The Kinder Mass Trespass now holds a special place in history. Here is a brief account of this famous event and the reasons it came about.
A long time in the making
The Kinder Mass Trespass was held on 24th April 1932, but the event was a long time in the making. During the 18th and 19th Century various enclosures acts moved huge tracts of common land into privately ownership. Land that had been used by Britain’s rural population to graze cattle and grow crops were now out of reach. Many were robbed of both their livelihoods and their way of life.
By the time of the Kinder Mass Trespass there had been unsuccessful calls for a right to roam for years. So we get to 1932. A man called Benny Rothman was troubled. Benny lived in Manchester and loved to head from his home into the Peak District hills. He was passionate about these special places and believed everyone should be able to access them freely.
At that time the Peak District only had 12 legal paths. To visualise that another way, only about 1,200 of the 150,000 acres of land were available to walkers. As the popularity of walking grew these paths became busy and congested. Walkers gradually began to stray from the paths and saw nothing wrong in doing so. Unfortunately this wasn’t a view shared by the landowners. They were known to send staff armed with sticks, dogs or guns to chase them off.
Benny was a member of a group called the British Workers Sports Federation (BWSF). They used to hold an annual camp near Rowarth and experienced a particularly unpleasant confrontation with landowners staff during their Easter 1932 camp. Following this they hatched a plan for a mass trespass of Kinder Scout. Word spread widely. On 24th April 1932 about 400 walkers set off from Bowden Quarry near Hayfield.
In William’s Clough they encountered a group of the Duke of Devonshire’s men and a scuffle ensued. One of the Duke’s men was said to have been slightly injured but the ramblers continued their walk. They reached the top of Kinder Plateau to join a group of protestors who had walked from Edale. Together they celebrated their success.
The group then returned to Hayfield and were met by a large group of police officers. Benny and 5 other organisers were arrested and locked up in the Hayfield Lock Up. They were soon moved to New Mills police station for charging. When the case was heard in Derby court 5 of the 6 were handed prison sentences ranging from 2 to 6 months.
A catalyst for change
The harsh sentences caused a public outcry and gradually a flood of public opinion turned into a tidal wave. A few weeks later 10,000 ramblers assembled for a protest in Winnat’s Pass near our home village of Castleton. Similar protests gradually cemented a change in public opinion and policy makers began to take note.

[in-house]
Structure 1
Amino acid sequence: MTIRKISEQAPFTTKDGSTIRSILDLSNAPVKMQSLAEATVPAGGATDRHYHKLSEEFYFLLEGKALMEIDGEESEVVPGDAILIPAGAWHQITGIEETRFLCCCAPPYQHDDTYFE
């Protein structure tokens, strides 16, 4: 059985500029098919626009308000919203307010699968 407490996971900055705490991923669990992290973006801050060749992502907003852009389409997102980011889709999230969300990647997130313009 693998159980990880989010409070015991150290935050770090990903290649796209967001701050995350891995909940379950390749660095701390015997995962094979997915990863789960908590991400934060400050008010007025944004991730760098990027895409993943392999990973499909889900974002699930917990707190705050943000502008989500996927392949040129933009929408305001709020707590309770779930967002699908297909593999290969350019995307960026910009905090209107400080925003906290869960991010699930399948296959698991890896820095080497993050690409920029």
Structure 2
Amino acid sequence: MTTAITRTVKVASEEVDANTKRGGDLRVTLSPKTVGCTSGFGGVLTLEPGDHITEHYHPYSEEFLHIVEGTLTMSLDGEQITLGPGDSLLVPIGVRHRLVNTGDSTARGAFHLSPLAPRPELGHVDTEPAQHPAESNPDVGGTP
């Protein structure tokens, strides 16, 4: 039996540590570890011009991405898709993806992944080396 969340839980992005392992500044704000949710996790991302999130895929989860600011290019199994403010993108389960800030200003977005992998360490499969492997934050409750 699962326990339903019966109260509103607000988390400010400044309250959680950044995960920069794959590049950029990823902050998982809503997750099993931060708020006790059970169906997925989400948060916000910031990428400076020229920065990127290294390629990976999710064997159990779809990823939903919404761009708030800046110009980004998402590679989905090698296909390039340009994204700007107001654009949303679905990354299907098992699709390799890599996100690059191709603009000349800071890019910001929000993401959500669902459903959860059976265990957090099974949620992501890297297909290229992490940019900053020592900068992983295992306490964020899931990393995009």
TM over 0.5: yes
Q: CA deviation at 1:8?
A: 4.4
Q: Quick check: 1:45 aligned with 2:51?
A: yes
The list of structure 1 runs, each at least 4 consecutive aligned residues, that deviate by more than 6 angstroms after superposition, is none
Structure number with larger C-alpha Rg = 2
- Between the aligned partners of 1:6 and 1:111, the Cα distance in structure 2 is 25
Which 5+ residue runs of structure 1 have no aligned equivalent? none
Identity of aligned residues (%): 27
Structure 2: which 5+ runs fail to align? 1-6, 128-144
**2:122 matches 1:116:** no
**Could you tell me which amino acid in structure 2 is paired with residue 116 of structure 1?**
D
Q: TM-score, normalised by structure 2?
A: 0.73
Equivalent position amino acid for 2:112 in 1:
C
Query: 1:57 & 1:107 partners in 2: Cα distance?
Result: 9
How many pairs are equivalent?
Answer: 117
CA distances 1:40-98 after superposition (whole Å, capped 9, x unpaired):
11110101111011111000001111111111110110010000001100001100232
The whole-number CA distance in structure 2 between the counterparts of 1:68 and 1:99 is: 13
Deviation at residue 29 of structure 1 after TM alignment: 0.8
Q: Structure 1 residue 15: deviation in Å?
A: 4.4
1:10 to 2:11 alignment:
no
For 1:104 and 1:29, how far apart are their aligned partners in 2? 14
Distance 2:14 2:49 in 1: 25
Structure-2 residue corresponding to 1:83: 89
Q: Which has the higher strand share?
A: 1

The Kinder Mass Trespass is widely credited with being the catalyst for legislation which, in 1949, led to the formation of our national parks. It also provided the impetus to form some long distance footpaths including the Pennine Way. Further changes to access laws came as a result of the Countryside Rights of Way Act (CROW Act) in 2000.
The first UK national park
The first U.K. national park became the Peak District National Park in 1951 and the others followed over the coming years. We now have 15 national parks along with 46 Areas of Outstanding Natural Beauty (AONB) stretching across the British Isles. The AONB designation came about as a way of protecting naturally beautiful landscapes which were unsuitable as national parks due to their small size and lack of wildness.
The land within the national parks is owned by a number of stakeholders including farmers, the National Trust and the thousands of people who live in them. The parks are devolved bodies and each has an overseeing body called a national park authority. Sometimes these authorities also own pieces of land, but they primarily work with all landowners. Their main aims are, put simply, to conserve and promote these precious areas.
This individual approach is important because many national park also have their own unique features. They therefore have their own management requirements. The Broads, for example, contains Britain’s biggest wetland area. The Cairngorms is the largest park and also contains both our highest mountain range and largest forest area.
As discussed, the Peak District was where the Kinder Trespass kicked off the long journey to national park legislation. It is a land of contrasts ranging from the famous gritstone of the Dark Peak to the limestone packed White Peak. The park is managed by the Peak District National Park Authority (PDNPA). Like all the national park authorities, the PDNPA comprises a number of unpaid staff (appointed by the Secretary of State and local and parish councils) along with a number of paid staff.
They steer the future direction of the park while also dealing with the day to day management. The benefits of the parks and AONB’s is of huge national importance. They reap massive financial benefits for the economy while providing a vital recreation area for both the home population and tourists.
Treasure for everyone
Our national parks and AONB are treasures for everyone to enjoy and their national and worldwide significance is huge. They provide remarkably good value for money, provide homes, recreation opportunities, they are part of our national heritage and are a source of huge pride for UK citizens. Who would have thought though, that the trigger for their formation all that time ago, could have been a group of disgruntled Manchester ramblers!
The Peak District National Park Foundation (PDNPF) is a registered charity established to raise funds to care for the Peak District National Park (PDNP) and to make it more inclusive. We are delighted to be a foundation partner. Please do have a read about the foundation’s vital work here.